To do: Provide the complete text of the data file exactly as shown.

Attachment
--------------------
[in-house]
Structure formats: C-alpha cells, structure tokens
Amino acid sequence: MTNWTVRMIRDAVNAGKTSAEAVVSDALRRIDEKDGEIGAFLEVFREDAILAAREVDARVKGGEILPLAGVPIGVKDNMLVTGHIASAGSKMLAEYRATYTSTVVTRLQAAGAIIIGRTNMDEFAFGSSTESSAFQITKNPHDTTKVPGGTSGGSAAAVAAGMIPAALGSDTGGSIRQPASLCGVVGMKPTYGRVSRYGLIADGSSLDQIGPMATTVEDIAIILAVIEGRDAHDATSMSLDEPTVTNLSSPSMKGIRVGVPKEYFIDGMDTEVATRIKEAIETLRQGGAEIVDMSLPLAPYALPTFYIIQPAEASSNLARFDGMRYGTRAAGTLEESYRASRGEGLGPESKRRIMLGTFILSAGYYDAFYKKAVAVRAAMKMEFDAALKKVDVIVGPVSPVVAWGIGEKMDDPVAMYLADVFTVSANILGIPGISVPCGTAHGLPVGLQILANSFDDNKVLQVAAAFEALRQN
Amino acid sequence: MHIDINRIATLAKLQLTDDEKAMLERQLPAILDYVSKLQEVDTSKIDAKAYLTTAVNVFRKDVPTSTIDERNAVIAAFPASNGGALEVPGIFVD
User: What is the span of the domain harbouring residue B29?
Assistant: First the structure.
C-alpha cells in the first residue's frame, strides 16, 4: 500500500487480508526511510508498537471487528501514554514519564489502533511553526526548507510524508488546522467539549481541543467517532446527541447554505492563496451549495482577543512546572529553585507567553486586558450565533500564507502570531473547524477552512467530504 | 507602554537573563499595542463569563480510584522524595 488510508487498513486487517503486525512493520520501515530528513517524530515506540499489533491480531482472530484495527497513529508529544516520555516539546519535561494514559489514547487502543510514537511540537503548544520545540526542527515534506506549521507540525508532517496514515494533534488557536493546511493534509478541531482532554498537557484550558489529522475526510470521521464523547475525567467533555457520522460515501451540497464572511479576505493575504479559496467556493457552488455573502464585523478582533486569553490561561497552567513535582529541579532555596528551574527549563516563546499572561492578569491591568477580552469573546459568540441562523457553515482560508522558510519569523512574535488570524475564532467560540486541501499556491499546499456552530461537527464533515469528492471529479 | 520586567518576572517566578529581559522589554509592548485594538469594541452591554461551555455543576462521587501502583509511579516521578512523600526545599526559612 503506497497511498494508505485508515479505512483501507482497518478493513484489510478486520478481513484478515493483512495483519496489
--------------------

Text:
[in-house]
Structure formats: C-alpha cells, structure tokens
Amino acid sequence: MTNWTVRMIRDAVNAGKTSAEAVVSDALRRIDEKDGEIGAFLEVFREDAILAAREVDARVKGGEILPLAGVPIGVKDNMLVTGHIASAGSKMLAEYRATYTSTVVTRLQAAGAIIIGRTNMDEFAFGSSTESSAFQITKNPHDTTKVPGGTSGGSAAAVAAGMIPAALGSDTGGSIRQPASLCGVVGMKPTYGRVSRYGLIADGSSLDQIGPMATTVEDIAIILAVIEGRDAHDATSMSLDEPTVTNLSSPSMKGIRVGVPKEYFIDGMDTEVATRIKEAIETLRQGGAEIVDMSLPLAPYALPTFYIIQPAEASSNLARFDGMRYGTRAAGTLEESYRASRGEGLGPESKRRIMLGTFILSAGYYDAFYKKAVAVRAAMKMEFDAALKKVDVIVGPVSPVVAWGIGEKMDDPVAMYLADVFTVSANILGIPGISVPCGTAHGLPVGLQILANSFDDNKVLQVAAAFEALRQN
Amino acid sequence: MHIDINRIATLAKLQLTDDEKAMLERQLPAILDYVSKLQEVDTSKIDAKAYLTTAVNVFRKDVPTSTIDERNAVIAAFPASNGGALEVPGIFVD
User: What is the span of the domain harbouring residue B29?
Assistant: First the structure.
C-alpha cells in the first residue's frame, strides 16, 4: 500500500487480508526511510508498537471487528501514554514519564489502533511553526526548507510524508488546522467539549481541543467517532446527541447554505492563496451549495482577543512546572529553585507567553486586558450565533500564507502570531473547524477552512467530504 | 507602554537573563499595542463569563480510584522524595 488510508487498513486487517503486525512493520520501515530528513517524530515506540499489533491480531482472530484495527497513529508529544516520555516539546519535561494514559489514547487502543510514537511540537503548544520545540526542527515534506506549521507540525508532517496514515494533534488557536493546511493534509478541531482532554498537557484550558489529522475526510470521521464523547475525567467533555457520522460515501451540497464572511479576505493575504479559496467556493457552488455573502464585523478582533486569553490561561497552567513535582529541579532555596528551574527549563516563546499572561492578569491591568477580552469573546459568540441562523457553515482560508522558510519569523512574535488570524475564532467560540486541501499556491499546499456552530461537527464533515469528492471529479 | 520586567518576572517566578529581559522589554509592548485594538469594541452591554461551555455543576462521587501502583509511579516521578512523600526545599526559612 503506497497511498494508505485508515479505512483501507482497518478493513484489510478486520478481513484478515493483512495483519496489